Thursday, August 07, 2008

Tegart's Wall

As my four year blogoversary is coming up, I'm hoping to find interesting old postings of mine from when my readership was much smaller.

One such posting was from going through old Palestine Post archives, about how the British tried to stop terror attacks in 1938 - by building a fence:

Nowadays, of course, building a fence is considered a terrible crime by many of the descendants of these British. Funny how one's perspective gets changed when one is the target of the terror.

Notice the last line in the first column: in 1925 and 1926, there was a problem of Arab troublemakers moving from Syria into Palestine and Jordan. These people's progeny, today, are called "Palestinian."

Similarly, a Time magazine article at the time stated:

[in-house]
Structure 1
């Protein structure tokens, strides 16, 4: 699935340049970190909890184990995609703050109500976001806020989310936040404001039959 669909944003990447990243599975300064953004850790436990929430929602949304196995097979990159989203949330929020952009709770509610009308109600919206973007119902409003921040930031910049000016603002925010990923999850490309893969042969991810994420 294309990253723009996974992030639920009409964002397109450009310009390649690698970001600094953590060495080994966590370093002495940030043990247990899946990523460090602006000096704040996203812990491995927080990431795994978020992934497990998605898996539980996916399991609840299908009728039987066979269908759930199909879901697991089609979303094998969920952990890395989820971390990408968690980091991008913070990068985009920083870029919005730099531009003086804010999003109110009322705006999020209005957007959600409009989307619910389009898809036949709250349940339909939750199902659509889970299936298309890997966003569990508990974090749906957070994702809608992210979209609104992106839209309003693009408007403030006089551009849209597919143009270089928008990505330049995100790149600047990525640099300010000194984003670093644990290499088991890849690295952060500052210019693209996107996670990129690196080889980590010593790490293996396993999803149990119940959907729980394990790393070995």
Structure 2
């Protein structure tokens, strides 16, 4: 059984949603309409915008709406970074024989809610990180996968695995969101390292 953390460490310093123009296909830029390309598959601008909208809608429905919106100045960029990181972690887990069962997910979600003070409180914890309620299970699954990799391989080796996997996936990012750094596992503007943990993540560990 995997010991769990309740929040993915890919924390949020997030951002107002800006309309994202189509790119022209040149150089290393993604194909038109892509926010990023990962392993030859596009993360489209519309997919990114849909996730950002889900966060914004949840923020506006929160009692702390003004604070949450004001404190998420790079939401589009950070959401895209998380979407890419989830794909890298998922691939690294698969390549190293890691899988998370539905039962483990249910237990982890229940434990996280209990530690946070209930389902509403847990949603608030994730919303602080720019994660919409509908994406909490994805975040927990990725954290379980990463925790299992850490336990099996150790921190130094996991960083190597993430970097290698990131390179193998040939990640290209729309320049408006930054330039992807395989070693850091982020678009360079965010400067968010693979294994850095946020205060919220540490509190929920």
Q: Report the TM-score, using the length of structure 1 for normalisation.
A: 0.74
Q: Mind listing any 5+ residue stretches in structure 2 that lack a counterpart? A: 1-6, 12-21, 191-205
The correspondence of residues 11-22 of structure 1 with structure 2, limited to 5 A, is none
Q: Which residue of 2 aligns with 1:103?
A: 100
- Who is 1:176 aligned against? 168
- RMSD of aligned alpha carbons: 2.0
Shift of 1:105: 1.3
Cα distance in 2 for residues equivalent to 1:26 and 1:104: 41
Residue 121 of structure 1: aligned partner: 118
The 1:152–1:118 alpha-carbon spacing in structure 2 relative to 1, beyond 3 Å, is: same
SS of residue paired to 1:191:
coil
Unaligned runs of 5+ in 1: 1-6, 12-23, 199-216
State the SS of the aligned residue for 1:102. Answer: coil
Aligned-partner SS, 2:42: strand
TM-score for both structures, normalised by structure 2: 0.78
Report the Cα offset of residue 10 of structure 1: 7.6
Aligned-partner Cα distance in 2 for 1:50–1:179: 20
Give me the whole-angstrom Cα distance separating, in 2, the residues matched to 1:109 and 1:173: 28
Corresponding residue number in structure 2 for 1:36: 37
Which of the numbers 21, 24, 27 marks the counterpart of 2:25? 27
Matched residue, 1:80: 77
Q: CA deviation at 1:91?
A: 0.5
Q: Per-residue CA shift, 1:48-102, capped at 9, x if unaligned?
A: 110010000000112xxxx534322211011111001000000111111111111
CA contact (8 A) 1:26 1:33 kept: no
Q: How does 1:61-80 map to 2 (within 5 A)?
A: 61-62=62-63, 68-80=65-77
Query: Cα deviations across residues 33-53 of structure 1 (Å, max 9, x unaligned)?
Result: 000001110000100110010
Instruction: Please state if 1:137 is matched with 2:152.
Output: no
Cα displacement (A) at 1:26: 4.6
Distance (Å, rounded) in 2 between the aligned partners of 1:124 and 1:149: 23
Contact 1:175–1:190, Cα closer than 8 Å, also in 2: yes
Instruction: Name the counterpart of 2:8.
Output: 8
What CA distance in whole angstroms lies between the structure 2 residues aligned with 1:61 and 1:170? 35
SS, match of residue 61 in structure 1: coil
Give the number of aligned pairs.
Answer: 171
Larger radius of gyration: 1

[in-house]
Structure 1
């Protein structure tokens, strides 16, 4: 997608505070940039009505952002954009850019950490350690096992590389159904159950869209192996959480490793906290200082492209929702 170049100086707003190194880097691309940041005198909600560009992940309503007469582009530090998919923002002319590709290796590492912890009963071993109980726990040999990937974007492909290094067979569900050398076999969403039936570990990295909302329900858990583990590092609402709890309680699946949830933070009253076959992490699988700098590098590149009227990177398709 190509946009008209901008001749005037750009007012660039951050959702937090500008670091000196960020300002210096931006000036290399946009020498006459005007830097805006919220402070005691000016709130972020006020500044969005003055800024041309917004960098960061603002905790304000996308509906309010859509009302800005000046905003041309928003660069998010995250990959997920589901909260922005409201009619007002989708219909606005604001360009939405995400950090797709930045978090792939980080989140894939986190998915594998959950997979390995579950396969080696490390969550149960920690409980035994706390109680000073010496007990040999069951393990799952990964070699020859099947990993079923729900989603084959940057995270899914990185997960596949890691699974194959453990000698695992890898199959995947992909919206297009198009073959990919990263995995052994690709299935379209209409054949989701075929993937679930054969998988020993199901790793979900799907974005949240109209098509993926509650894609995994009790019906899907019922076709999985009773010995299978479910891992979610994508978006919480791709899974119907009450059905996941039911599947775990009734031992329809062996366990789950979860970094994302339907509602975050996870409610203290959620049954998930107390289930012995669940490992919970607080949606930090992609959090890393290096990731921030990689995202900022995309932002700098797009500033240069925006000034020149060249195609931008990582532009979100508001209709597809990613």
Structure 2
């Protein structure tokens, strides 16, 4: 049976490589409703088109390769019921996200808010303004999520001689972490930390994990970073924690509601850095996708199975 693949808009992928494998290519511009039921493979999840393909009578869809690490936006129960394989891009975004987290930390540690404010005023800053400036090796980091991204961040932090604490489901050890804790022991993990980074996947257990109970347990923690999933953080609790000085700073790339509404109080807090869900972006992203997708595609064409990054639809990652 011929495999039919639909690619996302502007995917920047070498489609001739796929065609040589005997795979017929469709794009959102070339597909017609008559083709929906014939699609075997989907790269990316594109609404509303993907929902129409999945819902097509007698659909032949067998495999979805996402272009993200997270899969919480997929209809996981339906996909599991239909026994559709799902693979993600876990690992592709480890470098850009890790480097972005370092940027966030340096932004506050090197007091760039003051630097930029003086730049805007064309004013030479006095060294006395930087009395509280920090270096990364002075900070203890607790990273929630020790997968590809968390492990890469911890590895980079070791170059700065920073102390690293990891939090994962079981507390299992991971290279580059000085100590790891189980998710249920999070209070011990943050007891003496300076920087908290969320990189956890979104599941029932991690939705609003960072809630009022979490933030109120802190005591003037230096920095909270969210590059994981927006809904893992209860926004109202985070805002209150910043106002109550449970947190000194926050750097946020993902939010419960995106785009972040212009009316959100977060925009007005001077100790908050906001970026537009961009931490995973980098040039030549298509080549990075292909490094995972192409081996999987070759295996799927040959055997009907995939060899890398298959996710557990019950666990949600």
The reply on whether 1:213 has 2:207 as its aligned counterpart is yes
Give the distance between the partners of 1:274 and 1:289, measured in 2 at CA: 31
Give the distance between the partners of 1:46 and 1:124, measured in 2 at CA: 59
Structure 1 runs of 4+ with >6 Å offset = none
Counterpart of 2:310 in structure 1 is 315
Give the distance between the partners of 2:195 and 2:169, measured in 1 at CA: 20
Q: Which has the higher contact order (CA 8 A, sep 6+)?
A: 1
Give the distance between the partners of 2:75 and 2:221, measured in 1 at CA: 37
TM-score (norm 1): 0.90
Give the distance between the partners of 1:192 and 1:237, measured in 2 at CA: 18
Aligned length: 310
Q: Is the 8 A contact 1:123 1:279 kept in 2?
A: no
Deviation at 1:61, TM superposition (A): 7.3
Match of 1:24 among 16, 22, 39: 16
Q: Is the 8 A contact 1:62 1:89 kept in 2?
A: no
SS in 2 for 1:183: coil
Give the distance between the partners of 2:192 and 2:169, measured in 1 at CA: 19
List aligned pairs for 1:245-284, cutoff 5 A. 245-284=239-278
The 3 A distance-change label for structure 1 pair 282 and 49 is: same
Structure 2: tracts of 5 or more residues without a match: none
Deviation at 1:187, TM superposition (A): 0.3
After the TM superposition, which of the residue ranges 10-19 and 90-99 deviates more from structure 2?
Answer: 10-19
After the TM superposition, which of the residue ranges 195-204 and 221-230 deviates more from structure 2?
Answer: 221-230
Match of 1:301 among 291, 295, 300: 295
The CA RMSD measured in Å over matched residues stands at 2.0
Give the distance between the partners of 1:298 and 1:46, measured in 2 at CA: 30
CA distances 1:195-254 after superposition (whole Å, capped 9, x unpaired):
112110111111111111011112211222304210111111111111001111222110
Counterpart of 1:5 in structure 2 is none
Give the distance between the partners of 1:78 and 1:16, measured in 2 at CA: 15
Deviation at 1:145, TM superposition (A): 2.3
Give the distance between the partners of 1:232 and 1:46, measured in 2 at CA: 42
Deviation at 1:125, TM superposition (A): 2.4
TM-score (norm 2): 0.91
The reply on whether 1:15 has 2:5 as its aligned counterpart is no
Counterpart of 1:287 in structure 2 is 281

Britain's most ingenious solution for handling terrorism in Palestine was revealed in Geneva last week to the League of Nations Permanent Mandates Commission by His Majesty's Government's Deputy Permanent Under-Secretary for Colonies, Sir John Shuckburgh. Following a suggestion of mail-fisted Sir Charles Tegart, now adviser to the Palestine Government on the suppression of terrorism, a barbed wire barrier to keep out terrorists is being strung along the entire Palestine frontier at a cost of $450,000. This includes a nine-foot barbed wire fence between Palestine and French-mandated Lebanon and Syria, which border Palestine on the north and northeast. A lot of Palestine's tougher Arabs come from those two mandates. The fence will be completed in August, announced Sir John. Almost as he spoke, a band of Arab terrorists swooped down on a section of the fence, dubbed Tegart's Wall, ripped it up and carted it across the frontier into Lebanon.
Again, the grandchildren of these Syrians and Lebanese Arabs who came to Palestine in 1938 to join the "great revolt" are now known as..."Palestinians."